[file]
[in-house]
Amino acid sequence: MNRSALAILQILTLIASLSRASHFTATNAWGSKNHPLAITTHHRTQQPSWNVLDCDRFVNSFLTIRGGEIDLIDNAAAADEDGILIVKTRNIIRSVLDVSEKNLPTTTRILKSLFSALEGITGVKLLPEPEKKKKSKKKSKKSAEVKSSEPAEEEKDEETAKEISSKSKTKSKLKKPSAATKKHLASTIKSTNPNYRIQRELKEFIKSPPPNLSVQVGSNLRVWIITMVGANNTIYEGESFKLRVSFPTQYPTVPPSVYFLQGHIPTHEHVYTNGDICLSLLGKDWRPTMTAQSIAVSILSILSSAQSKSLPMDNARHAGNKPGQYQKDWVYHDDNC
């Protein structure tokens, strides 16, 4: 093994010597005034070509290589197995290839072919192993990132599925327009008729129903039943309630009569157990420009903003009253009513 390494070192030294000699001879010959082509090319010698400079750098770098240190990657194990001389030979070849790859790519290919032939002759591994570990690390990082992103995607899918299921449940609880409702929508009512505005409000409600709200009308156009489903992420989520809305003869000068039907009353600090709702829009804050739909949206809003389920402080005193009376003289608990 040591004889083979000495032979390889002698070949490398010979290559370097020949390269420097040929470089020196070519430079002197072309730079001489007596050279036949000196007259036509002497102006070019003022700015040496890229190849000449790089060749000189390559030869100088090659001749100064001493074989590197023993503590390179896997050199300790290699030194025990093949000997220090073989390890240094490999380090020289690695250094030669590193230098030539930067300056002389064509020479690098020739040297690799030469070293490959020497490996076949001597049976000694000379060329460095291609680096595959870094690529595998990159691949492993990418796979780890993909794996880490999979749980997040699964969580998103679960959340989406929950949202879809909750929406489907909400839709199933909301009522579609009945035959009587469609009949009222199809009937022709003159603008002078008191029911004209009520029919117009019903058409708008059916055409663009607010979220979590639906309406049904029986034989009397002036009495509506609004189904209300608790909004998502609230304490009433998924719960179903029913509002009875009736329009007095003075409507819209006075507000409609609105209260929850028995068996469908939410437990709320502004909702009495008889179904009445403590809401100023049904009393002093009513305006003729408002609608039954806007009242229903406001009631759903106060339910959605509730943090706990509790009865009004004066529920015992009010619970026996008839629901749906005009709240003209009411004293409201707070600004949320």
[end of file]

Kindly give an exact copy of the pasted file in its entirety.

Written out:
[in-house]
Amino acid sequence: MNRSALAILQILTLIASLSRASHFTATNAWGSKNHPLAITTHHRTQQPSWNVLDCDRFVNSFLTIRGGEIDLIDNAAAADEDGILIVKTRNIIRSVLDVSEKNLPTTTRILKSLFSALEGITGVKLLPEPEKKKKSKKKSKKSAEVKSSEPAEEEKDEETAKEISSKSKTKSKLKKPSAATKKHLASTIKSTNPNYRIQRELKEFIKSPPPNLSVQVGSNLRVWIITMVGANNTIYEGESFKLRVSFPTQYPTVPPSVYFLQGHIPTHEHVYTNGDICLSLLGKDWRPTMTAQSIAVSILSILSSAQSKSLPMDNARHAGNKPGQYQKDWVYHDDNC
């Protein structure tokens, strides 16, 4: 093994010597005034070509290589197995290839072919192993990132599925327009008729129903039943309630009569157990420009903003009253009513 390494070192030294000699001879010959082509090319010698400079750098770098240190990657194990001389030979070849790859790519290919032939002759591994570990690390990082992103995607899918299921449940609880409702929508009512505005409000409600709200009308156009489903992420989520809305003869000068039907009353600090709702829009804050739909949206809003389920402080005193009376003289608990 040591004889083979000495032979390889002698070949490398010979290559370097020949390269420097040929470089020196070519430079002197072309730079001489007596050279036949000196007259036509002497102006070019003022700015040496890229190849000449790089060749000189390559030869100088090659001749100064001493074989590197023993503590390179896997050199300790290699030194025990093949000997220090073989390890240094490999380090020289690695250094030669590193230098030539930067300056002389064509020479690098020739040297690799030469070293490959020497490996076949001597049976000694000379060329460095291609680096595959870094690529595998990159691949492993990418796979780890993909794996880490999979749980997040699964969580998103679960959340989406929950949202879809909750929406489907909400839709199933909301009522579609009945035959009587469609009949009222199809009937022709003159603008002078008191029911004209009520029919117009019903058409708008059916055409663009607010979220979590639906309406049904029986034989009397002036009495509506609004189904209300608790909004998502609230304490009433998924719960179903029913509002009875009736329009007095003075409507819209006075507000409609609105209260929850028995068996469908939410437990709320502004909702009495008889179904009445403590809401100023049904009393002093009513305006003729408002609608039954806007009242229903406001009631759903106060339910959605509730943090706990509790009865009004004066529920015992009010619970026996008839629901749906005009709240003209009411004293409201707070600004949320």